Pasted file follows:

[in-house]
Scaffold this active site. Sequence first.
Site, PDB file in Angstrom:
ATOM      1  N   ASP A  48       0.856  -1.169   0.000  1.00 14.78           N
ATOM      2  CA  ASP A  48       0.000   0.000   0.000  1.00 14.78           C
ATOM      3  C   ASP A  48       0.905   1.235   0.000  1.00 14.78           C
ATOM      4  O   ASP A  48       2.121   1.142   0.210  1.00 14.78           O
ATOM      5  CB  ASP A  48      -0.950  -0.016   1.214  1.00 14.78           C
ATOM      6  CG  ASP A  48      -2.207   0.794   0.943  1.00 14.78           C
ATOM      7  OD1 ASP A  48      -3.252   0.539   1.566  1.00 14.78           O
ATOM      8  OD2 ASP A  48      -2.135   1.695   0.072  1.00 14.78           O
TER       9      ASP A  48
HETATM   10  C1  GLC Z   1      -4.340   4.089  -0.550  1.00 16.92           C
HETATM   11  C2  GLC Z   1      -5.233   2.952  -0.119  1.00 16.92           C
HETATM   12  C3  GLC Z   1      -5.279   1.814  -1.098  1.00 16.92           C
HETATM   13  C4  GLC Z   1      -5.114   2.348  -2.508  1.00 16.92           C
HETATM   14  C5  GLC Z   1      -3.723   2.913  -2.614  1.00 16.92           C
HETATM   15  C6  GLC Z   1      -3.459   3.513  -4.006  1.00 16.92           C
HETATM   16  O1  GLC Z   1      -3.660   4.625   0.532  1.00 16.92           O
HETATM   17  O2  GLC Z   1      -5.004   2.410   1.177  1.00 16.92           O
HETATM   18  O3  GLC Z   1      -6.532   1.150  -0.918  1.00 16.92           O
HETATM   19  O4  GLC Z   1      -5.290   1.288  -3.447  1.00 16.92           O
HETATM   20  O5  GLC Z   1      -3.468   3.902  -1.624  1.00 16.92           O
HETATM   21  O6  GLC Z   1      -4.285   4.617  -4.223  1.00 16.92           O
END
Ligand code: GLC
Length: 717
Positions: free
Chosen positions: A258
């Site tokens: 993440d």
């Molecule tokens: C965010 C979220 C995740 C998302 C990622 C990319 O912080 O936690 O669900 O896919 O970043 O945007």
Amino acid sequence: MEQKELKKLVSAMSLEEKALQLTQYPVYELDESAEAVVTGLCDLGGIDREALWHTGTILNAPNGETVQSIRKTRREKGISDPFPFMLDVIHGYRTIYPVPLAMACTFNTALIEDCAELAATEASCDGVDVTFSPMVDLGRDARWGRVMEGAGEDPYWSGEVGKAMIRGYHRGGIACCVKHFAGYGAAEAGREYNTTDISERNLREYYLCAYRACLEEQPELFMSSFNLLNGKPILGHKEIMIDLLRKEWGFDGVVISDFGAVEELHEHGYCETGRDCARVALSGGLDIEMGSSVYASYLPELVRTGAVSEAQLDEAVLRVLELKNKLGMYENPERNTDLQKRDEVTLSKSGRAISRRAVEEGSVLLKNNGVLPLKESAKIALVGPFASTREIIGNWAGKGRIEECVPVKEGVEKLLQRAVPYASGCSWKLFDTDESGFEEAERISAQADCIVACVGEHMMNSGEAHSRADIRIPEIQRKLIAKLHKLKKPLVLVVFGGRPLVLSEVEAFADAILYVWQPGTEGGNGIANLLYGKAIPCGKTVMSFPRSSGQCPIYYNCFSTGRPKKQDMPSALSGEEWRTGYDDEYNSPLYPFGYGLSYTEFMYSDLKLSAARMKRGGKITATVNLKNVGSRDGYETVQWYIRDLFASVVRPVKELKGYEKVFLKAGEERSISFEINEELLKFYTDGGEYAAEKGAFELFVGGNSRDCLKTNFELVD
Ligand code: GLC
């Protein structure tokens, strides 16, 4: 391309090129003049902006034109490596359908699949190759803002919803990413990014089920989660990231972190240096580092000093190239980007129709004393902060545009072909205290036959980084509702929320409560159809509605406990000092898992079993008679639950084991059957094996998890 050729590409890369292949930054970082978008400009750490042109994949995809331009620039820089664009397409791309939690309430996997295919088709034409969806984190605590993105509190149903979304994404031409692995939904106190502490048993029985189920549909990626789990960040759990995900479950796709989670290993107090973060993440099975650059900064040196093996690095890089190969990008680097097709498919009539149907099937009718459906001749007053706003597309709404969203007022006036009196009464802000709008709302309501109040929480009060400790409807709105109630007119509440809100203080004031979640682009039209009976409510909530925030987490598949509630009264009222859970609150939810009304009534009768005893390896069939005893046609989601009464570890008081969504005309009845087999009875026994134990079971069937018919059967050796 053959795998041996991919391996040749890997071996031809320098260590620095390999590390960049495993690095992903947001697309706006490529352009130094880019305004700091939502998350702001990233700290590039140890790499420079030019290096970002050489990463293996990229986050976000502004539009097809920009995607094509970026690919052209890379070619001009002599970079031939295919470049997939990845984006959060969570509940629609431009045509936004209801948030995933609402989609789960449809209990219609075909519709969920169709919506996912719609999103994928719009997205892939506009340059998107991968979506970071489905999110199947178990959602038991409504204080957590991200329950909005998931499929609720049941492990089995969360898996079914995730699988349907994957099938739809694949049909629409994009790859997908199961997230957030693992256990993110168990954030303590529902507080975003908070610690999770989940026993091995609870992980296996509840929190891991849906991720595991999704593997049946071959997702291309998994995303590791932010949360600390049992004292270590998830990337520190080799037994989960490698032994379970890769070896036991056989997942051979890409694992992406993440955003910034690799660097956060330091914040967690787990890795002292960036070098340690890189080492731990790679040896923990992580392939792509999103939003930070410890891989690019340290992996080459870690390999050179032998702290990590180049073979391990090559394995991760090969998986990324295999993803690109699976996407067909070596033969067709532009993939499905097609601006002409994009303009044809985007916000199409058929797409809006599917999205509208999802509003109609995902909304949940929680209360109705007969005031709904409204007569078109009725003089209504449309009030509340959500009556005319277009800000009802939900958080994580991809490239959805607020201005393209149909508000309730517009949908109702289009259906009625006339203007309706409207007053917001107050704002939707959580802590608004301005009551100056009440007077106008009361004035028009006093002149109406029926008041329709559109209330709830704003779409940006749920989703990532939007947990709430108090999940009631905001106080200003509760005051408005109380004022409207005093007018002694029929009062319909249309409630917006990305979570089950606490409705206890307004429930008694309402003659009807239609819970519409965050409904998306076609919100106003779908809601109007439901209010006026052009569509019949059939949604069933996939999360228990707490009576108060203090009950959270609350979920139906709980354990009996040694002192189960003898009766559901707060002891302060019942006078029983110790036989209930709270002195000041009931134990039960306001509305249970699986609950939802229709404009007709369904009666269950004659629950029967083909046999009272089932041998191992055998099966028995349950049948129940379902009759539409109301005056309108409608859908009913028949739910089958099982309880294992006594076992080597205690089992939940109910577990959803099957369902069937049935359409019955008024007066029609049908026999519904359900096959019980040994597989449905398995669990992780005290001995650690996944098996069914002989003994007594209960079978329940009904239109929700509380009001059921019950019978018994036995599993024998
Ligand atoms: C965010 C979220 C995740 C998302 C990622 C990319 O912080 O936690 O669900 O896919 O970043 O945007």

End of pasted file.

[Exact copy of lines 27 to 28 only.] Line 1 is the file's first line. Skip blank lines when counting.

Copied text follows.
Length: 717
Positions: free